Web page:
J. D. over at Get Rich Slowly is celebrating 18 months in the personal finance blogospere and as part of the celebration, he asks his readers to share their personal finance success stories. I thought for a while about what to write. First I wanted to brag about going from over $40K in debt to a healthy positive net worth in just six years. But somehow that didn’t feel right. Frankly, I am itching to brag, but I don’t think I will be able to sleep the sleep of the righteous if I do So next, I thought of talking about the success we have had with credit card arbitrage. I consider it a bit of a success story because we have gone from being ignorant and piling on debt, to leveraging the credit card to make money from it. But then, I have already talked about it several times before. So, I thought maybe I should talk about my success at an effort to a frugal life style. But, I don’t think I am quite there yet. I am definitely making progress, but not yet at a stage where I can write about it as my “success story”.
And then it occurred to me – my real success story is that I have grown up and become mature in the way I handle my finances. And that is far more important than any individual success stories I can share.
Personal finance and money management is more about attitudes than anything else. Without the right mind set you could be making a $100,000 a year and still not get anywhere. On the other hand, if your have the right mentality, you can still manage to live a proud self-sufficient life right through retirement, even if you have an income of $30,000 and feed a family of five.
I have come a long way from neither knowing nor caring much about money matters. Statements like “spend less than you earn”, “pay yourself first”, “save some for the rainy day”, “don’t try to keep up with the Joneses” to me are no longer just rote catch phrases, but have become a form of secret guiding lights. They seem to influence my decisions without me actually being aware of it. While I still get tempted to buy stuff just because some of my friends have them, I have learnt to rationally think about my temptations and make a conscious decision about whether to buy or not. And during the times when I decide not to buy something, instead of feel deprived, I feel a sense of pride in making the decision that is right for us. And this has helped me to stay free of envy about what my friends own too.
When you start thinking about money all the time (which you do, when you are addicted to personal finance blogging), there is a chance that you could go too far and forget to enjoy today in the attempt to save for tomorrow. We have been fortunate enough to not get into this trap. Tomorrow, if I were to be run over by a bus, I am sure my last thought won’t be “Alas, I have so much money in my savings account that I never got to enjoy” Recently, we decided to buy an expensive-ish car. It went against all the best personal finance advice I have ever read. But it was a conscious decision. It has been our dream car and we wanted to buy it some day. So when my faithful 14 year old car died we sat down, took stock of our financial situation and decided to go for it, surprising even ourselves with our decision. It’s been over a couple of months now and we have no regrets. Every time we drive that car, it reminds us of what we have achieved and motivates us to do more. And we have already started paying off the auto loan very aggressively.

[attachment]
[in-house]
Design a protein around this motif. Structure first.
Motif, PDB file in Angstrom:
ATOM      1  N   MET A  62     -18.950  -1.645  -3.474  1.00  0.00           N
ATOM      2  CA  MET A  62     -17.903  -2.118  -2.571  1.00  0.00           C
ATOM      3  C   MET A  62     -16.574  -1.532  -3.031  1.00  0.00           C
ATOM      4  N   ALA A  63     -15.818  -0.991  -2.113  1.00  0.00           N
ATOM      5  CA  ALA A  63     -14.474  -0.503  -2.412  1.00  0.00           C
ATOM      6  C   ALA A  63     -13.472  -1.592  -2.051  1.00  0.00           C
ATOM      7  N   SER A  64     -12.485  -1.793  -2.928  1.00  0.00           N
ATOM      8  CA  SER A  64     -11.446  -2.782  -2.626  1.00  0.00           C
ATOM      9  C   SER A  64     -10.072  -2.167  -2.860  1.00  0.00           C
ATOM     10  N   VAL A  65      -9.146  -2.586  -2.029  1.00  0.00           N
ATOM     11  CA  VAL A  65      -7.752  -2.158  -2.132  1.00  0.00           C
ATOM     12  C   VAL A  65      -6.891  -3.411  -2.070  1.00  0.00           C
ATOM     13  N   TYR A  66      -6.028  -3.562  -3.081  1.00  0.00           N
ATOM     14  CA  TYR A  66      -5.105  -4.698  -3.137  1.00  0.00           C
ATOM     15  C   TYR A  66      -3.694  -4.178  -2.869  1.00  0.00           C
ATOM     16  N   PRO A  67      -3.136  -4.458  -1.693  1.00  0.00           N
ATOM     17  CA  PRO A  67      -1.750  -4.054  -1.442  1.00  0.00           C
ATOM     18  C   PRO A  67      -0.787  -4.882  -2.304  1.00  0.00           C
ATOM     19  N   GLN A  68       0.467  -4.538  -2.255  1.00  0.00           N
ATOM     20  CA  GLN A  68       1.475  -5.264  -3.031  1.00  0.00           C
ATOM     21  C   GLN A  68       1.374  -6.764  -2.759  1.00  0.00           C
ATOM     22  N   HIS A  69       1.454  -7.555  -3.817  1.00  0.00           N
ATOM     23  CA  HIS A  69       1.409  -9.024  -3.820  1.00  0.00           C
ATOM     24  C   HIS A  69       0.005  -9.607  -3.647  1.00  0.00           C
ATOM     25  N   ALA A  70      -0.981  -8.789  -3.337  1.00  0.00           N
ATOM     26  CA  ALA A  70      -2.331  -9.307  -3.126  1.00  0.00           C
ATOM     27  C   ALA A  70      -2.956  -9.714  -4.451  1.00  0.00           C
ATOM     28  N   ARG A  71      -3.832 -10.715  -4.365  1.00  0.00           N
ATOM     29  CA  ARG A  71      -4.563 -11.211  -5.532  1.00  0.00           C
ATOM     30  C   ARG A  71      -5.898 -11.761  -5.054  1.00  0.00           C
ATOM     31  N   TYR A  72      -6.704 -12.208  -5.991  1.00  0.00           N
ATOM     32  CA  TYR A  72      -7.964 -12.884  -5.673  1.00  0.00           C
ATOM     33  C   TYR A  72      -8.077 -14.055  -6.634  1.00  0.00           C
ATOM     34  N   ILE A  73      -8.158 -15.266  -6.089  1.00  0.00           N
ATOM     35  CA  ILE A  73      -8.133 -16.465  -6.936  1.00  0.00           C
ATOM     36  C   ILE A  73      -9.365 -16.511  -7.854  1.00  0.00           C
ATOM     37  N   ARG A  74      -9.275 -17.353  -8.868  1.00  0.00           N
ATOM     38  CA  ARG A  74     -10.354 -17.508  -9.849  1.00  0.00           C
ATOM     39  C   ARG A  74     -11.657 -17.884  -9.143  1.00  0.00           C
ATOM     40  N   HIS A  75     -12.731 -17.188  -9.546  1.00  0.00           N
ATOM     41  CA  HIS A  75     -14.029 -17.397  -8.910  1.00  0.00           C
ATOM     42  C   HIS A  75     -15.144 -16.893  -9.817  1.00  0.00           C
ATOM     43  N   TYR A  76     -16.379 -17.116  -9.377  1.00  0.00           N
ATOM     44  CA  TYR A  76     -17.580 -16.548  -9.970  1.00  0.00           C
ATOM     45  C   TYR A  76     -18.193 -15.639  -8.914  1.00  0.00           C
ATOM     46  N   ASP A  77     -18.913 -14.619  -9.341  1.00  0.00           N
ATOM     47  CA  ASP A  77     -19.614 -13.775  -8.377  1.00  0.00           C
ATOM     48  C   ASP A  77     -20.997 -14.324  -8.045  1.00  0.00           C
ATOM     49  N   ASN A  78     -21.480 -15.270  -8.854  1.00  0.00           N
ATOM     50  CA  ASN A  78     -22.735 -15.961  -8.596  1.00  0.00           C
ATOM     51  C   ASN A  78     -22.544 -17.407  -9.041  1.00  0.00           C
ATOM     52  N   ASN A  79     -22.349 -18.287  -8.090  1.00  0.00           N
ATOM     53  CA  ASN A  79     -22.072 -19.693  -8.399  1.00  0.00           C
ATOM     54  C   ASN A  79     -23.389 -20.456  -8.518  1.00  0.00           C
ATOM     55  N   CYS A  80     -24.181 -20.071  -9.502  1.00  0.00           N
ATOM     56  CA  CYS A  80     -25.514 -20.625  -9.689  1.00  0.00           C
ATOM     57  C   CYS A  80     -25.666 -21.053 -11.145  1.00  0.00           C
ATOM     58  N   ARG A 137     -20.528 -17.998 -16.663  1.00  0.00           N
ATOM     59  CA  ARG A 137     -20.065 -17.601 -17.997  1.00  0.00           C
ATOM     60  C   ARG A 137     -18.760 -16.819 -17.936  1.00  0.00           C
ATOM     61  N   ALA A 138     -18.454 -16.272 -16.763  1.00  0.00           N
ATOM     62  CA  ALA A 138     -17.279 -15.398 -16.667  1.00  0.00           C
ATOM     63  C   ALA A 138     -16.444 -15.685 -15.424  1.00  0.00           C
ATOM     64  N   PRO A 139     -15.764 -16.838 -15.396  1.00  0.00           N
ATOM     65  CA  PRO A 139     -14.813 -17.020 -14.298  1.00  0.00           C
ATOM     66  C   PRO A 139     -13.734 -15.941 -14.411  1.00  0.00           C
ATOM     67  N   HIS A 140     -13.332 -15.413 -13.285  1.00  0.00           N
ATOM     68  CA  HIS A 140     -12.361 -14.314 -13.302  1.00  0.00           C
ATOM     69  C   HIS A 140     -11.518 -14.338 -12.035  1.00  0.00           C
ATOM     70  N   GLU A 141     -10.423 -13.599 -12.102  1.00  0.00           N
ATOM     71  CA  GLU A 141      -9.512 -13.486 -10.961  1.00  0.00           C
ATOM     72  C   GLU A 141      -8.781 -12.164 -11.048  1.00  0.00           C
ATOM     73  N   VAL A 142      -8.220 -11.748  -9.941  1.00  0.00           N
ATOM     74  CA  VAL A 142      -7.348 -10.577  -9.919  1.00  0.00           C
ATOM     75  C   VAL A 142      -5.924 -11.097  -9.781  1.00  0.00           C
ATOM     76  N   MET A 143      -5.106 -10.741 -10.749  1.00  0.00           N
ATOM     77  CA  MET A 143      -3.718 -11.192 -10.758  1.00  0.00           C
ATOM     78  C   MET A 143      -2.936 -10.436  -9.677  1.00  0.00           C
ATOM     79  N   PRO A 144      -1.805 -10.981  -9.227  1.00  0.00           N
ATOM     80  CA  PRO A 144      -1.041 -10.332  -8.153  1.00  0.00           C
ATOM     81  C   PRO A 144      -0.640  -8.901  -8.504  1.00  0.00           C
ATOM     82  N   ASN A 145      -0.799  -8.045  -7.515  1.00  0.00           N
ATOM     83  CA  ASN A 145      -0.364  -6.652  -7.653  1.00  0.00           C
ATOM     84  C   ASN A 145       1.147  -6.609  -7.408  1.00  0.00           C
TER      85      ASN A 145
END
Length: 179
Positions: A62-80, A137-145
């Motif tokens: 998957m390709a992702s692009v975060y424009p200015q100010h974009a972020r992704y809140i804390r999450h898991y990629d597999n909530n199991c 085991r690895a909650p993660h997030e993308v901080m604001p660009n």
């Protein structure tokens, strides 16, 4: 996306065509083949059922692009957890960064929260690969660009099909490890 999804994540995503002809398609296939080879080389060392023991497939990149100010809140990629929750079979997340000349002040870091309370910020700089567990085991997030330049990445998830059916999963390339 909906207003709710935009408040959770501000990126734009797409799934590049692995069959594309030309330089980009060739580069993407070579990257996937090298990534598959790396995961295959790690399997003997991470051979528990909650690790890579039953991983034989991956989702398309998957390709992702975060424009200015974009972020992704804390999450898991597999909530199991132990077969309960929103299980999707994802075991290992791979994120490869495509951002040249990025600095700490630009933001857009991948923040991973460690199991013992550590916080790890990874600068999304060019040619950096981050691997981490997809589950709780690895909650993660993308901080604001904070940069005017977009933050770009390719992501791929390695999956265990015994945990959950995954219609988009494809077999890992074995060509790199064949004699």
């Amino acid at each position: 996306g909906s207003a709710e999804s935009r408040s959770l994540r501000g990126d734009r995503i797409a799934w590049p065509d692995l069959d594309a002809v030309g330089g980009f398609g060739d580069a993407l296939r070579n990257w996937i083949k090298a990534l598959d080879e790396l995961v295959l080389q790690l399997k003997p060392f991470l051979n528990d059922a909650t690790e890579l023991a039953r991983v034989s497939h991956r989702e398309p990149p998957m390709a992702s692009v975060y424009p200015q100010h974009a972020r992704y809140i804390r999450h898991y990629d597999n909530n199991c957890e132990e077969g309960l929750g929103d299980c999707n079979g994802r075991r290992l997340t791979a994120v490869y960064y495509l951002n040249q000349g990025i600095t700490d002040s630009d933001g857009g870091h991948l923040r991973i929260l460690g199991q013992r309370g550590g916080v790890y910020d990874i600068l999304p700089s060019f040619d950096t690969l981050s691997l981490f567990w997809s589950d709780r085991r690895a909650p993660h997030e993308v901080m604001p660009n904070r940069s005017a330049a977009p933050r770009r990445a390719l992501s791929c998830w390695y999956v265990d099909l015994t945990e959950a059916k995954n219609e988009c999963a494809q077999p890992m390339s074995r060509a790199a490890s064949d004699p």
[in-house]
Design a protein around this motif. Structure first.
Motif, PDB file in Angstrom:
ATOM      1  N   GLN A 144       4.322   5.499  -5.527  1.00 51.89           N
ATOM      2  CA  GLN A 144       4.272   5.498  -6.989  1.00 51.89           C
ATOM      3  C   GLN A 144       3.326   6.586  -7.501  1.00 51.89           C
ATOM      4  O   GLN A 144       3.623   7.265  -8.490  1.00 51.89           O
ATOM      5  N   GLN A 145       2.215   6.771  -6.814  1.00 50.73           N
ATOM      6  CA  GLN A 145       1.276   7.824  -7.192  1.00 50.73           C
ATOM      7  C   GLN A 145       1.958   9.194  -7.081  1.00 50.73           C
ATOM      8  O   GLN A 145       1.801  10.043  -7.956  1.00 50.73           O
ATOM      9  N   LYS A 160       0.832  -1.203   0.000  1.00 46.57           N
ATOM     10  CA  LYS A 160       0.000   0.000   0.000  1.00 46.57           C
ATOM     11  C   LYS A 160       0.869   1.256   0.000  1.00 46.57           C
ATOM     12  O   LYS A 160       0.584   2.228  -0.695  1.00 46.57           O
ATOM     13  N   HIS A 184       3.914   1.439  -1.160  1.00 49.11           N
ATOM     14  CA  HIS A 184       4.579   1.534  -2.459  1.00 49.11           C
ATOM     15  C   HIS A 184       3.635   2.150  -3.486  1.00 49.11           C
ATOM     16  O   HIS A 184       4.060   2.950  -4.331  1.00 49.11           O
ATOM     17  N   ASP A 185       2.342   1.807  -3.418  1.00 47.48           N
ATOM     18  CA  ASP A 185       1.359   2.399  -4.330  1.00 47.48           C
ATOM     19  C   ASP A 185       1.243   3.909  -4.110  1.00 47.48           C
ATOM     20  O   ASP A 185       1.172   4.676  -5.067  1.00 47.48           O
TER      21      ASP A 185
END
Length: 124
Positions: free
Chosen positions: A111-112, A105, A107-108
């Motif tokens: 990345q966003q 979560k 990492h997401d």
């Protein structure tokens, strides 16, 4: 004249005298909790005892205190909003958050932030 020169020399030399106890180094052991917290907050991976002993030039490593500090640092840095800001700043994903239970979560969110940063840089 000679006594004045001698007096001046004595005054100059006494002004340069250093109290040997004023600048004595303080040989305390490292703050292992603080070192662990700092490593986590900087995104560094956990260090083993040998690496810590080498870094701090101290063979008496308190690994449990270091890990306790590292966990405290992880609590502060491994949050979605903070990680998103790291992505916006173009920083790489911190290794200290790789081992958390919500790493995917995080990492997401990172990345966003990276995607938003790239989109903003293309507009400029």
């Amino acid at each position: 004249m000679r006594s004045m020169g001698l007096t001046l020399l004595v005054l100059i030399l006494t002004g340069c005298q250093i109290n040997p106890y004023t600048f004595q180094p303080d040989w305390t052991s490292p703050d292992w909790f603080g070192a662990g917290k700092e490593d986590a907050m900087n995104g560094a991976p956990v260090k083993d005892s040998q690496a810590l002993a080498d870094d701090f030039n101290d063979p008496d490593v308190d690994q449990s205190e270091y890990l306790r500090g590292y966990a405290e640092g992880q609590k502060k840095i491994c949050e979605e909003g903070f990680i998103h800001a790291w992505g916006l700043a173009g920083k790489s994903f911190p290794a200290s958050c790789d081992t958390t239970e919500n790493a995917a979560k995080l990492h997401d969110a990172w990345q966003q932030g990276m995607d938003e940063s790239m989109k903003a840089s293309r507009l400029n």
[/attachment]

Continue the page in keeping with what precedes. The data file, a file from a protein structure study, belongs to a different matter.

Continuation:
On the career front, I have learnt to value my salary whereas earlier I used to only care about the kind of work I did. I still don’t know if this is a good thing or not. But if you are obsessive about the quality of work and tend to get depressed when you aren’t doing something special, it is good to have an alternate thought that brings some satisfaction. I have gone from being disgusted by those that were proud of the dollar amount of their salaries to being one who uses it to calm myself down during times when quality of work just plain sucks. On the frugal living front, I have learnt to enjoy some of the simpler things in life. Why bother paying a heck of a lot of money for something that you can enjoy at a much lower cost? On the relationship front, we are a lot more in tune with each other. On the investing front, we have got over our stock market phobia and dipped our feet into index fund investing. We are aggressively chasing our dream to own property in our home country while at the same time paying off our mortgage here as soon as possible. So, knock on wood, overall we have made a fair amount of growing up and becoming mature. And that I am proud of and have no hassles bragging about